Greek gift sacrifice

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In chess, the Greek gift sacrifice (or classical bishop sacrifice) is a typical sacrifice of a bishop by White playing Bxh7+ or Black playing Bxh2+.

Greek gift sacrifices, or the threat of them, occur relatively frequently in play, especially at the lower levels. One of the most famous examples of the sacrifice is found in the game Edgard Colle versus John O'Hanlon, Nice 1930. Less commonly, a Greek gift sacrifice may be the prelude to a double bishop sacrifice, as seen in the game Lasker versus Bauer, Amsterdam 1889.


Illustration[edit]

a b c d e f g h
8
Chessboard480.svg
a8 black rook
b8 black knight
c8 black bishop
d8 black queen
f8 black rook
g8 black king
a7 black pawn
b7 black pawn
c7 black pawn
d7 black knight
f7 black pawn
g7 black pawn
h7 black pawn
e6 black pawn
d5 black pawn
e5 white pawn
b4 black bishop
d4 white pawn
c3 white knight
d3 white bishop
f3 white knight
a2 white pawn
b2 white pawn
c2 white pawn
f2 white pawn
g2 white pawn
h2 white pawn
a1 white rook
c1 white bishop
d1 white queen
e1 white king
h1 white rook
8
7 7
6 6
5 5
4 4
3 3
2 2
1 1
a b c d e f g h
After 1.e4 e6 2.d4 d5 3.Nc3 Nf6 4.e5 Nfd7 5.Nf3 Bb4 6.Bd3 0-0??, the Greek gift sacrifice wins.

The position after the moves 1.e4 e6 2.d4 d5 3.Nc3 Nf6 4.e5 Nfd7 5.Nf3 Bb4 6.Bd3 0-0?? (see diagram) is a simple case where the Greek gift sacrifice works. White can play 7.Bxh7+! Kxh7 8.Ng5+ to force Black to give up the queen to prevent mate:

  • 8...Kh8 9.Qh5+ Kg8 10.Qh7#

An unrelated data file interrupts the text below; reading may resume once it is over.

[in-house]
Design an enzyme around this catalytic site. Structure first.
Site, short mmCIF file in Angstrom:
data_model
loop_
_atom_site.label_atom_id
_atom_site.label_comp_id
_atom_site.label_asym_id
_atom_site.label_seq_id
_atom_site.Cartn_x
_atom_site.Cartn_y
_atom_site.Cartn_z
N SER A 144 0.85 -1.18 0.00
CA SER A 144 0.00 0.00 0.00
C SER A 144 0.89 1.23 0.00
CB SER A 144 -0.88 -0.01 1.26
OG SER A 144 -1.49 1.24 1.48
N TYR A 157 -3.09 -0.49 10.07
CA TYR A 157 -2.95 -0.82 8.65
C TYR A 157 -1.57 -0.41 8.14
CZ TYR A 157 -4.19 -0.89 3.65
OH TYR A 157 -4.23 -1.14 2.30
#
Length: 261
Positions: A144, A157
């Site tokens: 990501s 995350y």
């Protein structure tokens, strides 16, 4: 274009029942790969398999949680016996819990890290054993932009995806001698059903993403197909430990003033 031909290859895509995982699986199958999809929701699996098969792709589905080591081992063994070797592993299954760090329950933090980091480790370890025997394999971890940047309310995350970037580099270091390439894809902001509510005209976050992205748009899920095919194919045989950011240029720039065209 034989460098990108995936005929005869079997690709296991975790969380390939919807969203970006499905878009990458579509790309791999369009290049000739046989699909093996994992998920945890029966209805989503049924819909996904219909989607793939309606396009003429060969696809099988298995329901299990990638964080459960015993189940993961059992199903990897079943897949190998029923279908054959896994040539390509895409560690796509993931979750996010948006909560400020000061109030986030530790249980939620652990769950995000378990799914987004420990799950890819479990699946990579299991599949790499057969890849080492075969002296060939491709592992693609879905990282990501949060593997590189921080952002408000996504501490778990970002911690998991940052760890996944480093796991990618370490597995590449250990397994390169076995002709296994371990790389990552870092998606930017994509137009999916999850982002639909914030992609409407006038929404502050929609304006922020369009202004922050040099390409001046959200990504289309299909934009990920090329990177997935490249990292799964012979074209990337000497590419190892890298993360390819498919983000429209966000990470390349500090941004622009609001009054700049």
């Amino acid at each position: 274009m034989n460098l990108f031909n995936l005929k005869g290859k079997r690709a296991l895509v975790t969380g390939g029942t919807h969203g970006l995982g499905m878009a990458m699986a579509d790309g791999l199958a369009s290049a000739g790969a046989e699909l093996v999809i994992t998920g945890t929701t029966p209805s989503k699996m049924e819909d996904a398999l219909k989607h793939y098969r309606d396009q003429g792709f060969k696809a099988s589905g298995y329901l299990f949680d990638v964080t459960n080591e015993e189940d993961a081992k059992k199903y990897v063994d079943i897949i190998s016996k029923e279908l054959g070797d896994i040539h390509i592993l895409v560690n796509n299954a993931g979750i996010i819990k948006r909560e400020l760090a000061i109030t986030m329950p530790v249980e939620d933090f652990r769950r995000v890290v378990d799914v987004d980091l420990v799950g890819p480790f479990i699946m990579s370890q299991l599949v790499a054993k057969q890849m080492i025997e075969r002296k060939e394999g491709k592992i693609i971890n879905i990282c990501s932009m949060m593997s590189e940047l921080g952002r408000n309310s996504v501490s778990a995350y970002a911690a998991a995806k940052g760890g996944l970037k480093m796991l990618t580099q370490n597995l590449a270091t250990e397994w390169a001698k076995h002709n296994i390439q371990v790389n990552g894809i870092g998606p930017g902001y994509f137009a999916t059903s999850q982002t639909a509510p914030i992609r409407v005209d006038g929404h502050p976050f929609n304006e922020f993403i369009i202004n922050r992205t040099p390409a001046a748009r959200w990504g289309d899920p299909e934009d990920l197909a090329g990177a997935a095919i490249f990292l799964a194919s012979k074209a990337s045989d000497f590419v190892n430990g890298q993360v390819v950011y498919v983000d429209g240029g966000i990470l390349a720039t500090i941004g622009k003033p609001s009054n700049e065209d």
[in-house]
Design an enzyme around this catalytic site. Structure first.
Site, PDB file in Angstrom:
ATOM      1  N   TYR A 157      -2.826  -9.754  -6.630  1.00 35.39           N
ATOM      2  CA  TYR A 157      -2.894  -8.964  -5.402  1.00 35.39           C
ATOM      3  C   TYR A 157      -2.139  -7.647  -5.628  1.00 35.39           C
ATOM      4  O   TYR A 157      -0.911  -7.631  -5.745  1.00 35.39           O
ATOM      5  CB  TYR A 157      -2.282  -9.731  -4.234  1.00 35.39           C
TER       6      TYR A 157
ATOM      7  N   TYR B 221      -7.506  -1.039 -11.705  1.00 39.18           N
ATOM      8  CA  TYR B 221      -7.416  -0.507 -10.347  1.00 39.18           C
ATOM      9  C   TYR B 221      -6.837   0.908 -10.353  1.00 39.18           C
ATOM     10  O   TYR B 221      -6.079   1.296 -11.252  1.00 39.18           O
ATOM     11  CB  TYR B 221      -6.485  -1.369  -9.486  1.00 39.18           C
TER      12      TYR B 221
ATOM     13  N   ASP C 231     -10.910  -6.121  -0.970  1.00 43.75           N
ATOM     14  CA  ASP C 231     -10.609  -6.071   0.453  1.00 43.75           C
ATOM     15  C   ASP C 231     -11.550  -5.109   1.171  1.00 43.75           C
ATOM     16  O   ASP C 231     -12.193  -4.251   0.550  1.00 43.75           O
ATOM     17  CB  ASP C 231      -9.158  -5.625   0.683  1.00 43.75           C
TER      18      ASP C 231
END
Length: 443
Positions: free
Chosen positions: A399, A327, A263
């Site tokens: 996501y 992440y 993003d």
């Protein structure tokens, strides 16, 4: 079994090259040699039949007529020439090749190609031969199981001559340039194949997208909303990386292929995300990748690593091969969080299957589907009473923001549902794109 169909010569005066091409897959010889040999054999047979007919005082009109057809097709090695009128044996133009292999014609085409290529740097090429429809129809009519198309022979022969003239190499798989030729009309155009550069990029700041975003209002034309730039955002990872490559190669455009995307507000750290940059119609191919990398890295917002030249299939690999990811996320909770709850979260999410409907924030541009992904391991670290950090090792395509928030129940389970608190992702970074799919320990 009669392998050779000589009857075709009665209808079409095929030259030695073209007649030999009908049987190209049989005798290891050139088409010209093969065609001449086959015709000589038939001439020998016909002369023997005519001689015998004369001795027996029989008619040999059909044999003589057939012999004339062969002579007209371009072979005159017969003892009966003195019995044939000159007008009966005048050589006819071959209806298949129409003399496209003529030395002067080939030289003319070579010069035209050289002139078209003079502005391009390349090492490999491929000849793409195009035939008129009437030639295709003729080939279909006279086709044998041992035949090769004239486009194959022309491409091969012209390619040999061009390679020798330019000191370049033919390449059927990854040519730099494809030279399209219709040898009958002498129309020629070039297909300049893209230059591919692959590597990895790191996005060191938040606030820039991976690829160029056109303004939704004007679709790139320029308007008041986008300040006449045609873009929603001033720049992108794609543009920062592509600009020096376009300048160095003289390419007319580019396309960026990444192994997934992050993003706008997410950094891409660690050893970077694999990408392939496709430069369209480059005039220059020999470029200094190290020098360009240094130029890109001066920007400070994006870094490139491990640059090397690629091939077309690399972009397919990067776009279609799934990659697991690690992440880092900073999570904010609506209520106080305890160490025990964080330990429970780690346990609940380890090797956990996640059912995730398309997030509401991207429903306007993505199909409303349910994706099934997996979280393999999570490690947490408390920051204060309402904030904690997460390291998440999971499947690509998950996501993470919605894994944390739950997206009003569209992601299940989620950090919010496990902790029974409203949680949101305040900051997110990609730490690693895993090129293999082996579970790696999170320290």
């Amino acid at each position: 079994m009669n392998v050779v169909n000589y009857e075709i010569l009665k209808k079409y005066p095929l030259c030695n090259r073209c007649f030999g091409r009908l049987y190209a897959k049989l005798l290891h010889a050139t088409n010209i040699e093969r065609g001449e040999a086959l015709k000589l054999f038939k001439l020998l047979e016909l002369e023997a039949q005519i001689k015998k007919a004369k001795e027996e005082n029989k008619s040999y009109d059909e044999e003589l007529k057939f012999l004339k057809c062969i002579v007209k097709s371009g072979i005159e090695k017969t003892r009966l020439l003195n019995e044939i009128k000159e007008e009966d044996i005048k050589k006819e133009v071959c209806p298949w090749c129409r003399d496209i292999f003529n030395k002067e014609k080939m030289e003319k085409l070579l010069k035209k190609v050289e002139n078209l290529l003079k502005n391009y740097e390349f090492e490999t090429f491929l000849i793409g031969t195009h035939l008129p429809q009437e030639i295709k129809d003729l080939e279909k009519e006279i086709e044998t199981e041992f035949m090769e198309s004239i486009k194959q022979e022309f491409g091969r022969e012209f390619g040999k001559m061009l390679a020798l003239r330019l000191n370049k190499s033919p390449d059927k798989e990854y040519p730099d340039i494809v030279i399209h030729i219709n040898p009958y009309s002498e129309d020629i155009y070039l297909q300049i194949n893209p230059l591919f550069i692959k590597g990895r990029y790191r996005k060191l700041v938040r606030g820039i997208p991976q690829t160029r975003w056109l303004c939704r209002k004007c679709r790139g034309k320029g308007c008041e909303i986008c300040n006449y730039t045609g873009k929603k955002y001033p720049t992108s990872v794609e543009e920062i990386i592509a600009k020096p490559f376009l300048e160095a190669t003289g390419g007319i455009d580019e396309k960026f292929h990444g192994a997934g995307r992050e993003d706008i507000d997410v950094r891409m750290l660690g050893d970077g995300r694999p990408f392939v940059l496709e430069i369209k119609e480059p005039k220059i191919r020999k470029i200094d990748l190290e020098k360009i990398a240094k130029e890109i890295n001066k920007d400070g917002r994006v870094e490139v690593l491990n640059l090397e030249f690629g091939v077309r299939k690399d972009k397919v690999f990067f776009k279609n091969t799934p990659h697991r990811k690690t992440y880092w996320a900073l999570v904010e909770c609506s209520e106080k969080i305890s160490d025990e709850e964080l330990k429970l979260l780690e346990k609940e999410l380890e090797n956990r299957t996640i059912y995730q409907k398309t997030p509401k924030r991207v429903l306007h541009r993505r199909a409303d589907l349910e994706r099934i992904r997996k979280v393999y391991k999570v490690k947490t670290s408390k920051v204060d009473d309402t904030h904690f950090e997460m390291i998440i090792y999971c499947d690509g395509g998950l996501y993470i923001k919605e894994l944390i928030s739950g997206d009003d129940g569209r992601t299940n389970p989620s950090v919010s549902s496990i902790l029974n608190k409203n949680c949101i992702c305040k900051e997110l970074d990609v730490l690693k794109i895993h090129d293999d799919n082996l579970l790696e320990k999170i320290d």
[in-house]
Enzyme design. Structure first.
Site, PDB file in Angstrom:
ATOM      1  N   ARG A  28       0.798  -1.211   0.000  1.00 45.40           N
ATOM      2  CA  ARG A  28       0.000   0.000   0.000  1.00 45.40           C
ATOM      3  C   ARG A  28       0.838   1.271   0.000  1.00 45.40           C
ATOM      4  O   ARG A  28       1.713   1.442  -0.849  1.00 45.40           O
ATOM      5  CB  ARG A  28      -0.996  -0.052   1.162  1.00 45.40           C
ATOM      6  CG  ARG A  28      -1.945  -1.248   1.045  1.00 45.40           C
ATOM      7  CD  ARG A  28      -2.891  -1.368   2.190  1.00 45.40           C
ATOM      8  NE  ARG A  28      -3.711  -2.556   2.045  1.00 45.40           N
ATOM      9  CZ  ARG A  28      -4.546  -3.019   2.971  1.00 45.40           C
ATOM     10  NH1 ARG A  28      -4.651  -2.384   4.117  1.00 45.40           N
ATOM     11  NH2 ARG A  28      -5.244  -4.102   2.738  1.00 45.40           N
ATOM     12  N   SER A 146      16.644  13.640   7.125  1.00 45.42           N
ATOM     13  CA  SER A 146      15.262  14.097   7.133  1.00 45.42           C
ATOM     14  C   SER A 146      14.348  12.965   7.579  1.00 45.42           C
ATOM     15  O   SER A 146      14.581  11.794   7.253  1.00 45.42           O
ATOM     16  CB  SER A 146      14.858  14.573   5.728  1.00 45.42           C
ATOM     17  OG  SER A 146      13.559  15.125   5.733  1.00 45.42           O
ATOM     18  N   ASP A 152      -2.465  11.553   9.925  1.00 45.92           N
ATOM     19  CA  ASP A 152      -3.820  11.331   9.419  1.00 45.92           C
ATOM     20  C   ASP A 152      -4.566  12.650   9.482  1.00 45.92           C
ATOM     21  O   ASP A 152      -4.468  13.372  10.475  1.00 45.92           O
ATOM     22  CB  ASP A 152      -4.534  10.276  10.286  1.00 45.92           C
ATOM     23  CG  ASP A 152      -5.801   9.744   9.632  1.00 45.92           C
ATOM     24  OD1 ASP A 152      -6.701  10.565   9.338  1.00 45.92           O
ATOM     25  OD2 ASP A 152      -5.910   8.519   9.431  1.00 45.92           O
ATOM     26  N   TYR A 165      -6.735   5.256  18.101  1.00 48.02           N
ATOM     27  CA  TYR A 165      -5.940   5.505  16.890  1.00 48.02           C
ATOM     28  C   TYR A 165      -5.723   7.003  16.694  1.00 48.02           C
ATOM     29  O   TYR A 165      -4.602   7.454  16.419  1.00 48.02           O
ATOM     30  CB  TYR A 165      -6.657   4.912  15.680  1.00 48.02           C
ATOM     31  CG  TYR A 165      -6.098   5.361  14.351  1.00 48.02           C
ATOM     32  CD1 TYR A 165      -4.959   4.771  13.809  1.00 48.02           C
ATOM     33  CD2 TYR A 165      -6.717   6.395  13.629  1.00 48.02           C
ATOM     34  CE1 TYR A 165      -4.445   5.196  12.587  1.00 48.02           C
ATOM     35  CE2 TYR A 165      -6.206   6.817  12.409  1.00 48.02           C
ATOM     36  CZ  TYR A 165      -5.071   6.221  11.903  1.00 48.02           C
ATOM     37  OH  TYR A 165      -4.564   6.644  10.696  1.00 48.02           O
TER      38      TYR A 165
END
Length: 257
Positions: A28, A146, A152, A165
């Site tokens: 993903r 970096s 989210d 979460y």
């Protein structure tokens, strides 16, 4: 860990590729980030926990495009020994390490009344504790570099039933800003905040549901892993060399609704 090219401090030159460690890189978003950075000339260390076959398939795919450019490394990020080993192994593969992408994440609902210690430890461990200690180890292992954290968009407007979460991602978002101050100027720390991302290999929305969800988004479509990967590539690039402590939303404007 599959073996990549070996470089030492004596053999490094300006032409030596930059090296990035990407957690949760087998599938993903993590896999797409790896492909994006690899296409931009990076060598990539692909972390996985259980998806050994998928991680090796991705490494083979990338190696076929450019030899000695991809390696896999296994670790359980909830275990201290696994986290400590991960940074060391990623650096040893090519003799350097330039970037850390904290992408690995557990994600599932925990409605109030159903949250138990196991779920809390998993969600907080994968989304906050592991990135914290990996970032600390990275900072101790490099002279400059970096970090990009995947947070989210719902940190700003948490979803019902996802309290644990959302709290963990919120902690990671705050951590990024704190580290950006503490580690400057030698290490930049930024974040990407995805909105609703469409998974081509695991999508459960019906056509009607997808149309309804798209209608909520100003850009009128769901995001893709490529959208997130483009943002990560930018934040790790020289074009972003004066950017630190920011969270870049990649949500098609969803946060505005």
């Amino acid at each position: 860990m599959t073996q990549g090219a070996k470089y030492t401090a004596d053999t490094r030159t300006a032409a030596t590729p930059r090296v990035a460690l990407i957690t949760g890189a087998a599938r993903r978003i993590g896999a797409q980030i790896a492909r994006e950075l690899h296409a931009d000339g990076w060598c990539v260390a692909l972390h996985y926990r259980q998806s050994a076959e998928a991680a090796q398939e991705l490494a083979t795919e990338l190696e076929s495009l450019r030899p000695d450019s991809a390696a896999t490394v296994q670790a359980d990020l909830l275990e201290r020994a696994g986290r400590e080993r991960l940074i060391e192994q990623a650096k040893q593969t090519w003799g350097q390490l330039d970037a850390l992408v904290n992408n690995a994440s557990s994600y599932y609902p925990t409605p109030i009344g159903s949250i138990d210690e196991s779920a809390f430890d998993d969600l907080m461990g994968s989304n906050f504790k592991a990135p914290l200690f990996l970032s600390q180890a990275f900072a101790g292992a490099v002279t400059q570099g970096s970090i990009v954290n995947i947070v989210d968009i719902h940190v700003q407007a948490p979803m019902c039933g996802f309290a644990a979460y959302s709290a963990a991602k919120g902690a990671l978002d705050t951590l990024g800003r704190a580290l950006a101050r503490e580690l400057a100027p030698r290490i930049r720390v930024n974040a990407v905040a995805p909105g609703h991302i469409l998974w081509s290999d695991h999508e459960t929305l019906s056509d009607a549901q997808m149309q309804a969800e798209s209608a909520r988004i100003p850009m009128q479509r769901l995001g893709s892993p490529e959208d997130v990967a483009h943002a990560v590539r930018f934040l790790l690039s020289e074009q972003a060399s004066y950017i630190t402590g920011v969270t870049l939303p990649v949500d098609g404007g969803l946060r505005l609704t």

• 8...Kg8 9.Qh5 Qxg5 (9...Re8 10.Qxf7+ Kh8 11.Qh5+ Kg8 12.Qh7+ Kf8 13.Qh8+ Ke7 14.Qxg7#) 10.Bxg5 wins the queen.
  • 8...Kh6 9.Nxe6+ wins the queen.
  • 8...Kg6 9.h4 and there is no satisfactory way to meet the threat of 10.h5+ Kh6 (10...Kf5 11.Qf3#) 11.Nxf7+, winning the queen.
  • 8...Qxg5 9.Bxg5 wins the queen.

Black could play 7...Kh8 instead, but due to poor king safety, it also leads to a lost position:

  • 7...Kh8 8.Ng5 g6 9.Qg4 Qe7 10.Qh3 Kg7 11.0-0 Nc6 12.Nge4 f6 13.Bh6+ Kf7 14.exf6 Nxf6 15.Ng5+ Ke8 16.Bxg6+ Kd8 17.Bxf8 Qxf8.

These variations are typical of many Greek gift sacrifices, though the outcome is not always so clear-cut.

"Greek gift"[edit]

The etymology of the phrase "Greek gift" in this context is not entirely clear. The obvious explanation is that it alludes to the Trojan Horse, and specifically to Virgil's famous "timeo danaos et dona ferentes" ("I fear the Greeks even [when they are] bringing gifts", Aeneid II.49). The Oxford Companion to Chess, however, suggests that one explanation is that the sacrifice often occurred in Gioachino Greco's games.

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